Everyone has seen the ‘baby on board’ badges on the tube, right? You’ve probably even stood up for someone wearing one. But if I asked you what it means if someone is wearing a ‘please offer me a seat’ badge, would you know the answer?
It doesn’t matter if your answer is no, as I’m pretty sure 99% of people would say the same, or so I’m judging by the lack of knowledge I’ve seen on the tube. The TfL blue badge is a relatively new scheme, first launched as a trial in 2016 and officially in 2017 after it was such a success. The idea is to enable those with long- or short-term illnesses, impairments and conditions to more easily and comfortably use public transport. Its idea is to take away some of the awkwardness of asking for a seat, particularly if you have an invisible conditon, something that can feel incredibly awkward.
So why am I writing about this? A bit of background – I have an ongoing back problem which over the years has got to the point where I find it difficult to stand on public transport for extended periods of time. This is mainly because, being short, I have to either stretch up to the handrail which aggravates the pain, or balance in an aisle which again puts strain on my back. If I do choose to stand for part of my journey, I inevitably end up needing a seat for the next part even on a good day. When I heard about the scheme, I thought it was a great idea – I’d only ever wear the badge when I really needed to, and it would cut out the judgemental looks that put me off asking for a seat when I needed one.
Unfrtunately, there has been hardly any awareness raised about the badge throughout the transport network, and this has led to a few awkward situations when using the badge.
Example 1: A woman decided to loudly announce to the packed tube carriage that I was ‘obviously pregnant’ and ‘needed a seat’ – obviously confusing it with the ‘baby on board’ badge. Someone then stood up while I was trying to explain I wasn’t pregnant and it’s a different badge – shen then sat down again and I had to explain that I did still need the seat. AWKWARD!
Example 2: People are often really helpful in trying to get you a seat (the woman I mentioned before obviously meant well!), and 9/10 people will gladly offer their seat when asked, which I always show I’m really grateful for but others aren’t so forthcoming. Last week, a woman must have asked fellow passengers for me 5 times before someone stood up (and this was after a woman on crutches offered me her seat!!) – incredibly embarrassing as I really didn’t want to make a scene and wanted to melt into the floor by the time I sat down.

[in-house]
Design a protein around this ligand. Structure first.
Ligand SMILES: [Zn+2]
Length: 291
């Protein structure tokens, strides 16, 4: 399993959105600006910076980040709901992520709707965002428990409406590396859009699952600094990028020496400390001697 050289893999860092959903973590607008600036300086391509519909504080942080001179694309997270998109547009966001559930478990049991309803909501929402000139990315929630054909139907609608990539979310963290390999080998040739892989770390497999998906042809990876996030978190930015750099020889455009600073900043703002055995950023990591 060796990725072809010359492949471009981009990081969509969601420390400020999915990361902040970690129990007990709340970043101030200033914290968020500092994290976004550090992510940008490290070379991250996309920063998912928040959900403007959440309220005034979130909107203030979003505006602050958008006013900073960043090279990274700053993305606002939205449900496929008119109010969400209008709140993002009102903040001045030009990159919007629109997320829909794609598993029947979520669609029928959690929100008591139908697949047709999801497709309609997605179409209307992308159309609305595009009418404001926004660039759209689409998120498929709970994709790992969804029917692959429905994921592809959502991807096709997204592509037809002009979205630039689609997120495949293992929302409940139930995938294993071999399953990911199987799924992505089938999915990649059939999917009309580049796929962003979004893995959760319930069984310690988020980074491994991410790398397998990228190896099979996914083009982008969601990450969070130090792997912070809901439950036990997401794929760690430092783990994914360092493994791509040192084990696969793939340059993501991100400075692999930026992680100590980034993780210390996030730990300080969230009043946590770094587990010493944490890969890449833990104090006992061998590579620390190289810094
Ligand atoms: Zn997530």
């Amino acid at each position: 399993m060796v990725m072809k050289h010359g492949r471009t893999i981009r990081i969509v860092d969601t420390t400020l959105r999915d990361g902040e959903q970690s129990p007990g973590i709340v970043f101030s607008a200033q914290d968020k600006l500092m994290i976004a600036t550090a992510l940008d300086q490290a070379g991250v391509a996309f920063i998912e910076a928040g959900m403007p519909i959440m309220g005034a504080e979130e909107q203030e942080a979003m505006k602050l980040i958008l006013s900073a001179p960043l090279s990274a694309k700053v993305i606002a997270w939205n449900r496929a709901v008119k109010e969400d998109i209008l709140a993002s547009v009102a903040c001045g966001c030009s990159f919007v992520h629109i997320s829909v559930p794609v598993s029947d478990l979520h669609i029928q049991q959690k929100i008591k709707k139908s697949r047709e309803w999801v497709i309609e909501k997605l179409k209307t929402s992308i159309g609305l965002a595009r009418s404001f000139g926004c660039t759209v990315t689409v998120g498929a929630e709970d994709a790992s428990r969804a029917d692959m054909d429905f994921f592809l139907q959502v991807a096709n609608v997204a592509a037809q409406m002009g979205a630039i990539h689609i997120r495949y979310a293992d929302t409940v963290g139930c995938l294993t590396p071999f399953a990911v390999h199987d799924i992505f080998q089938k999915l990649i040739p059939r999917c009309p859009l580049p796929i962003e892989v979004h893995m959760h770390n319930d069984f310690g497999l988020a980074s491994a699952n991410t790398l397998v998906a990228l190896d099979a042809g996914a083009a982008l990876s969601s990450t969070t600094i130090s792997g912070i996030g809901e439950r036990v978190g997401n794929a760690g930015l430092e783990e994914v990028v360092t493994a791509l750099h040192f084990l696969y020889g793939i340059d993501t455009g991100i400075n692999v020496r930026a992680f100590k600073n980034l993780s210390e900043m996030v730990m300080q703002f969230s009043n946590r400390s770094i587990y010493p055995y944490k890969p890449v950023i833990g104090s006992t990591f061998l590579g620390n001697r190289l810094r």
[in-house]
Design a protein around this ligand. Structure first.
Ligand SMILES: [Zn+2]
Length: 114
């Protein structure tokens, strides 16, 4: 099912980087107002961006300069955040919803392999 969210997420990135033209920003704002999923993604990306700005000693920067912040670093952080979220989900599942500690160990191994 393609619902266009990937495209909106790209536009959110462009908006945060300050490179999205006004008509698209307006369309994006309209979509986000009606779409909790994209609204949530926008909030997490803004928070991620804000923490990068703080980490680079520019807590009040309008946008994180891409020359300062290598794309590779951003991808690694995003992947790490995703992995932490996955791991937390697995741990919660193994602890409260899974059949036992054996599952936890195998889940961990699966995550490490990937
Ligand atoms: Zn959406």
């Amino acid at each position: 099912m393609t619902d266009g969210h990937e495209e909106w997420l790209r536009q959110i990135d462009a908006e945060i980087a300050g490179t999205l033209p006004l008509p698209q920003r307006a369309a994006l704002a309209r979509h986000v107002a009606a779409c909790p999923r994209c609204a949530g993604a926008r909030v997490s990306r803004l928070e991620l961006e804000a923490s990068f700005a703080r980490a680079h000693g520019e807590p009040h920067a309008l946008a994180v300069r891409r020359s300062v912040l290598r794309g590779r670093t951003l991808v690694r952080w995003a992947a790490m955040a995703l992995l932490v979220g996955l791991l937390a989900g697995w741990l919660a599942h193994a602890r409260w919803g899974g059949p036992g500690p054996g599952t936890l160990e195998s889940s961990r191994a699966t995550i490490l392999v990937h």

I don’t mean this to be a ‘poor me, I can’t stand up on the tube’ post – completely the opposite. I’m writing this to raise awareness of the scheme so others don’t have to face some of the embarrassment that I have when needing a seat. Here are a few things to be aware of on your next journey on public transport if you see someone wearing a blue badge:
1. People will only ever wear them if they are absolutely in need of a seat – I would never ever abuse the fact that I have one of these badges just to get a seat, and only ever wear it on days the pain is flaring up and I physically can’t face standing for my journey.
2. If you see someone wearing the badge – please acknowledge it. I’ve seen seen read the badge then immediately go back to looking at their phone/reading, and it can be hurtful. Even if someone doesn’t ‘look’ injured or ill, it does not mean they aren’t. Invisible illnesses are very, very real and just as painful. Think about it – you would offer a seat to someone on crutches straight away, right? The blue badge is the same as a cast – it means there is an injury.
3. It’s really kind if you see someone wearing the badge to help them to get a seat. Sometimes I don’t always feel confident enough to ask for a seat myself, as I’m sure a lot of other wearers don’t. Other times, I’m smushed onto a tube last minute because someone’s shouted at me to get on (even though I’m waiting for the next one so I can get on first and not have to push through to the seats), so a little help getting through to the seats is hugely appreciated! Anyone who’s done this while I’ve been wearing the badge – I love you!
I hope this has helped people to understand why this badge exists, and what it means to someone wearing one. If you help one person to get a seat on your next journey, know you’re making a huge difference to their day and they’ll be hugely grateful – it makes getting on public transport that little bit easier.
If you have any questions about the badge, or how to get one, drop me a message on any social media, and you can find more information on the Please Offer Me A Seat badge scheme here: https://tfl.gov.uk/campaign/please-offer-me-a-seat